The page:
This post originally appeared on the World Resources Institute’s live blog covering the Signing Ceremony of the Paris Climate Change Agreement. To follow the signing ceremony via WRI’s live blog, click here.

The signing of the landmark international climate change agreement reached in Paris in December is taking place today at the United Nations in New York. China is represented by Zhang Gaoli, Vice Premier of China, and Special Envoy of Chinese President Xi Jinping. Zhang said that after China signs the Paris Agreement today, it will work hard to earnestly implement it. Zhang said China will finalize its internal process to join the agreement before it hosts the G20 Summit in Hangzhou in September 2016, and will encourage other G20 members to quickly join the agreement as well.

How China's 13th Five-Year Plan Addresses Energy and the Environment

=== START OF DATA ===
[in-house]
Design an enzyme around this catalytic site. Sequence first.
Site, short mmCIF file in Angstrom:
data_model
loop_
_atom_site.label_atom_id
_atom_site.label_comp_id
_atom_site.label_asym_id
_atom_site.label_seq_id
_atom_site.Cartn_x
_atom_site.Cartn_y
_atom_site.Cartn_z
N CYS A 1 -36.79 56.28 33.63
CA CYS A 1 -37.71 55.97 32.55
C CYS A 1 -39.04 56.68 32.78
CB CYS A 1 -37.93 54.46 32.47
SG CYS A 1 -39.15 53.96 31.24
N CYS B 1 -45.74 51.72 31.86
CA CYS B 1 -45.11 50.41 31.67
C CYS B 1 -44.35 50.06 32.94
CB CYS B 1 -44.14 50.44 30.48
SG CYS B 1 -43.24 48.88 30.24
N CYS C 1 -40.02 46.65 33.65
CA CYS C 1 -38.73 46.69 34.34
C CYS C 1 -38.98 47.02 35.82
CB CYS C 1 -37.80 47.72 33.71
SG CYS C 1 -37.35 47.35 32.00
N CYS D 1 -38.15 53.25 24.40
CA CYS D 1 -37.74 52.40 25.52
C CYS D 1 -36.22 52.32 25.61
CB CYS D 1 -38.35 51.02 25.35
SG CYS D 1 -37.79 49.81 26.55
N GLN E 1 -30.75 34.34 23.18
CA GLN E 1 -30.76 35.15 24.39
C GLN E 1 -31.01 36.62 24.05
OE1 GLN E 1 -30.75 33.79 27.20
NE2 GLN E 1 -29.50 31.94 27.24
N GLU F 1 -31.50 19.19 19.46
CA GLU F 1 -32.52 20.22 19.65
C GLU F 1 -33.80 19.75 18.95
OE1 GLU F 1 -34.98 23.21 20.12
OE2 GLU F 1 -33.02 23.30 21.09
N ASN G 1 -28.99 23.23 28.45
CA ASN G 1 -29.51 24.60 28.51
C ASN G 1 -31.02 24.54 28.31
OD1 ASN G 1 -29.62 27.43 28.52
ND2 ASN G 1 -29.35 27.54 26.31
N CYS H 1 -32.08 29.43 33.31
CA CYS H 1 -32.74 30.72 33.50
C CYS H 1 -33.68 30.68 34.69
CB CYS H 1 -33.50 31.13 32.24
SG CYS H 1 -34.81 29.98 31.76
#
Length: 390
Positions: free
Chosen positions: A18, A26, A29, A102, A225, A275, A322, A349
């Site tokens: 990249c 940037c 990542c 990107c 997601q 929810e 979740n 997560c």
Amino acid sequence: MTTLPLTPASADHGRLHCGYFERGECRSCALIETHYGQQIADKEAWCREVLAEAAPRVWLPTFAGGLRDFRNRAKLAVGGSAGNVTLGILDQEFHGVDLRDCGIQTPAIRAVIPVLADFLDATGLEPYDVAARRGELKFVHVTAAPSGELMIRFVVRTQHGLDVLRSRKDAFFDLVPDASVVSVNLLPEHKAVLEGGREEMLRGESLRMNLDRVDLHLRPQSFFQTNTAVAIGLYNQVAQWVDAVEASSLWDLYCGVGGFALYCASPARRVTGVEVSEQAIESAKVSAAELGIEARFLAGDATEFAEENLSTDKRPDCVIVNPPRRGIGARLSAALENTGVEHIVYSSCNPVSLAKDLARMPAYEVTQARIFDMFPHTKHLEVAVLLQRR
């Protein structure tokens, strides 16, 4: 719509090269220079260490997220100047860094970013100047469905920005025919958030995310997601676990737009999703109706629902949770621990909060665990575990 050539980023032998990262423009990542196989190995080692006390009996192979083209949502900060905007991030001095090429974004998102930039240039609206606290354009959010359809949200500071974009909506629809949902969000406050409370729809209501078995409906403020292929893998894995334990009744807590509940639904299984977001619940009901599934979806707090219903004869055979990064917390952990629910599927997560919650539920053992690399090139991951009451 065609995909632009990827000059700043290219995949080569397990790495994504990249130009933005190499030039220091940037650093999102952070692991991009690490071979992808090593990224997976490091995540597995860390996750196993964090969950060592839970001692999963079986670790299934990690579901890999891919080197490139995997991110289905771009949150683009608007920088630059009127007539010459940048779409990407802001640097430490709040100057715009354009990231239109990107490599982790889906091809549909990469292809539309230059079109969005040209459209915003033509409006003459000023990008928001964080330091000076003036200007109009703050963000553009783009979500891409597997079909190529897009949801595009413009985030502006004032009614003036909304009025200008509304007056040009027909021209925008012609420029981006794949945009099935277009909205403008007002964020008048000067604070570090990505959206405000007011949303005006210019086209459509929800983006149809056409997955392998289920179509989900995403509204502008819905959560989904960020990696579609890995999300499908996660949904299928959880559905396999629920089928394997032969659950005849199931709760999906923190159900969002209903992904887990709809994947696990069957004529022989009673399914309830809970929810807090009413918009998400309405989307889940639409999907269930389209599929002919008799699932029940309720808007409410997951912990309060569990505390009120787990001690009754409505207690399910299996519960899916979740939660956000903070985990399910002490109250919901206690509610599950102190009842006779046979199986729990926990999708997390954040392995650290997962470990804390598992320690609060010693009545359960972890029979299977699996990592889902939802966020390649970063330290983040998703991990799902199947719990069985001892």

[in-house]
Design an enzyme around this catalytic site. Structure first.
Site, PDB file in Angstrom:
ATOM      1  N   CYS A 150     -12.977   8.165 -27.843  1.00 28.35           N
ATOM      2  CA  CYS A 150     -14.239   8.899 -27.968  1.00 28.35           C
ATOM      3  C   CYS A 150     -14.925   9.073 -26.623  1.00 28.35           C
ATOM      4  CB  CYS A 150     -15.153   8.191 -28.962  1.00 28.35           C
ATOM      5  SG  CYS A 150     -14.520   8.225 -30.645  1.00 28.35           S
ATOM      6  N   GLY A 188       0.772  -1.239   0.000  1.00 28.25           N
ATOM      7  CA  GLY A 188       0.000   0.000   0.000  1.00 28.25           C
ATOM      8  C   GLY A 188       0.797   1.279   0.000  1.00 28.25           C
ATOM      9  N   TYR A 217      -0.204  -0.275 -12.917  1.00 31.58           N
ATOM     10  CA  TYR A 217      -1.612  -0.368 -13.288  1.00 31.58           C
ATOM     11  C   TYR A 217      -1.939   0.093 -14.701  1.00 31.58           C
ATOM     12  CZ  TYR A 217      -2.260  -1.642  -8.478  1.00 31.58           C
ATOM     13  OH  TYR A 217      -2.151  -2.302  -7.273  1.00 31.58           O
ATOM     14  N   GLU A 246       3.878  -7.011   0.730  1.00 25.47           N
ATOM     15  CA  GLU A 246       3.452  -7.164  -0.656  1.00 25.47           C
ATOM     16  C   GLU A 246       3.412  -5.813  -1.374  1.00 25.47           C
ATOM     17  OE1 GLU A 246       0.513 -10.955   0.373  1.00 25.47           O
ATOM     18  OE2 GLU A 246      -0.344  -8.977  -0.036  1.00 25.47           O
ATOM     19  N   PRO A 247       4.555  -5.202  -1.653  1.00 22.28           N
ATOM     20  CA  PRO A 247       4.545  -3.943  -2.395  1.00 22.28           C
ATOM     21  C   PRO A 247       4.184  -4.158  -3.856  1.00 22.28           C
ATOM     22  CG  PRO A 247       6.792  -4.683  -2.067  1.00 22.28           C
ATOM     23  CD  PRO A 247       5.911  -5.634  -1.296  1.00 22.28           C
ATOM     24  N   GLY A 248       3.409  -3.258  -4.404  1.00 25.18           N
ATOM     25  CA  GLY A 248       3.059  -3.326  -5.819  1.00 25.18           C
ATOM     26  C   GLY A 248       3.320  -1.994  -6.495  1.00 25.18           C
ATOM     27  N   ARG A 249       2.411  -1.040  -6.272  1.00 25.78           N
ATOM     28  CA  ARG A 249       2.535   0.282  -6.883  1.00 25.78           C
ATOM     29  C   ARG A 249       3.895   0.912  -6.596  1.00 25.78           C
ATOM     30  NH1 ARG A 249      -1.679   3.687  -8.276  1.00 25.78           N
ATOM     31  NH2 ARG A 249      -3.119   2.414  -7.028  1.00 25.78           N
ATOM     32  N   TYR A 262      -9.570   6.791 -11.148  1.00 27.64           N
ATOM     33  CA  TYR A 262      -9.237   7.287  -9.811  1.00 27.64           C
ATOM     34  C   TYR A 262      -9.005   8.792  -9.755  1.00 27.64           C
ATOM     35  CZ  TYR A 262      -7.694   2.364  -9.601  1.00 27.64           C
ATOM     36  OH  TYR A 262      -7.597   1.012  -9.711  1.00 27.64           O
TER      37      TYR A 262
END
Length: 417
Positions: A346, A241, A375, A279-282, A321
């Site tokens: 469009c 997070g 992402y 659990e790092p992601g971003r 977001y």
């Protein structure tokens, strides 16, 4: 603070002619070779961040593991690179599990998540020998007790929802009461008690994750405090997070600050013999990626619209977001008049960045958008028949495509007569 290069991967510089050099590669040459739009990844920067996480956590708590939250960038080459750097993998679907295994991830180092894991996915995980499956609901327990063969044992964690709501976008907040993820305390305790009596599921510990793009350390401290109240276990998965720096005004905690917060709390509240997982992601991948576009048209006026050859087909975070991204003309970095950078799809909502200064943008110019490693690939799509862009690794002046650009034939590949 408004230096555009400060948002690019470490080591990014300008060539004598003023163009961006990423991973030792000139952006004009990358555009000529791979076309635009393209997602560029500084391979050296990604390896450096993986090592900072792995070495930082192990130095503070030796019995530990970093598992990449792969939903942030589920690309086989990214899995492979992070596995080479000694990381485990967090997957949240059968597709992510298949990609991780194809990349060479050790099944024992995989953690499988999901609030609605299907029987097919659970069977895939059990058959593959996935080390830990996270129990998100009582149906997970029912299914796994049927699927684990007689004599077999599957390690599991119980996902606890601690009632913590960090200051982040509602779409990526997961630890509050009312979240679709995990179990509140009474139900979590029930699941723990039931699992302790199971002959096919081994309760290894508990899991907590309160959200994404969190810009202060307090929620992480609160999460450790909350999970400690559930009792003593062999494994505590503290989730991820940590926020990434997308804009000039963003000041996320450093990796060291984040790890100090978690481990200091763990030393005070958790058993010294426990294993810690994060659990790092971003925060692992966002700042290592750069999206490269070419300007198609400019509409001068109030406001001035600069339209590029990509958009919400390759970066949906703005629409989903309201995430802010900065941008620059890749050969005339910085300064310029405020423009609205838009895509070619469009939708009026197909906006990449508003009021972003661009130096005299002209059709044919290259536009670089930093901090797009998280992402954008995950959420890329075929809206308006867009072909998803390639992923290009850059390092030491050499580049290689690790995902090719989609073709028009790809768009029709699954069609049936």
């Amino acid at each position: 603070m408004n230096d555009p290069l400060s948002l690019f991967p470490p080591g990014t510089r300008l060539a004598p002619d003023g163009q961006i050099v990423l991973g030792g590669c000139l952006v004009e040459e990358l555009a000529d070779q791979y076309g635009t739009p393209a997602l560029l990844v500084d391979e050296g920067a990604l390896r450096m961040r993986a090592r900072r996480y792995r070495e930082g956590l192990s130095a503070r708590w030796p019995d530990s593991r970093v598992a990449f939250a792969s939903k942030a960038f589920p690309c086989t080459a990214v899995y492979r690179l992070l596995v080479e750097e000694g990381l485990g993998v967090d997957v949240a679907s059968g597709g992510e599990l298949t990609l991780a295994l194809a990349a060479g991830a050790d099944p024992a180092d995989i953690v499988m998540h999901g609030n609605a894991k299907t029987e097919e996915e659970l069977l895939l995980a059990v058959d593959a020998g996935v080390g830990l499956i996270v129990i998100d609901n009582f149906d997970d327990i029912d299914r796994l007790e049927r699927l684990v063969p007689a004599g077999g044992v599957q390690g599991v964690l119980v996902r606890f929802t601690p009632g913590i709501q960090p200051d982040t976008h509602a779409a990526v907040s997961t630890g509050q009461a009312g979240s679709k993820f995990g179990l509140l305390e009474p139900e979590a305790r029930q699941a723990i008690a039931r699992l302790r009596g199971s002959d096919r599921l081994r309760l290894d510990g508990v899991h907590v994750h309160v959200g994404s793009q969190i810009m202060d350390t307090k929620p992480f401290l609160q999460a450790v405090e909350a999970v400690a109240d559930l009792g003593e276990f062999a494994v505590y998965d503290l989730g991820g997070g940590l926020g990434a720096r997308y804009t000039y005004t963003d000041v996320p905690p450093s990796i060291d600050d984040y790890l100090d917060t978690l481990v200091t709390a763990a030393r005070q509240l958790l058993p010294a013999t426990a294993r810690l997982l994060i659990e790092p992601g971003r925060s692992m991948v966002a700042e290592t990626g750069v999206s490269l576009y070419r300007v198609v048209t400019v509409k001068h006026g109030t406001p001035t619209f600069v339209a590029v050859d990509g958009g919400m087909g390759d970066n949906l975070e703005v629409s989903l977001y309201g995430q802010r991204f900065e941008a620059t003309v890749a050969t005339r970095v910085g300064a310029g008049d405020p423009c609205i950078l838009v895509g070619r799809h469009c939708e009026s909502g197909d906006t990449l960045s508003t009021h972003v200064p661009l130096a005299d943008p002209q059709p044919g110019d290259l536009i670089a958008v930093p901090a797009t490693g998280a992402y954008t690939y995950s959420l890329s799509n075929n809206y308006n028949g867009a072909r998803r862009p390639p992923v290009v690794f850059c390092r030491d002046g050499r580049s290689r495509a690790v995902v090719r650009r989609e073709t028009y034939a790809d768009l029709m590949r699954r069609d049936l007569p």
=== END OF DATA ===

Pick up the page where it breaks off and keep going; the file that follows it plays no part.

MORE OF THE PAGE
This post originally appeared on ChinaFile.

For the first time ever, a senior Chinese leader announced in his work report to the National People‚Äôs Congress‚ÄĒhis most important formal speech of the year‚ÄĒthat environmental violators and those who fail to report such violations will be ‚Äúseverely punished.‚ÄĚ Premier Li Keqiang reported that China had succeeded in meeting or exceeding the previous Five-Year Plan‚Äôs environmental goals. The draft 13th Five-Year Plan, released March 5 and scheduled to be passed (likely without amendment) in the coming days, builds on that success, requiring greater reductions in the emissions of many pollutants.

Press Call Analyzing China's 13th Five Year Plan

China recently released its 13th Five Year Plan, which will guide China’s economic, social, and environmental policy through 2020. The plan makes clear that China is integrating climate action into its strategy for economic development. It sets China on course to meet or exceed its international climate commitments, and lays out a strategy for a rebalancing of the economy toward cleaner drivers of growth.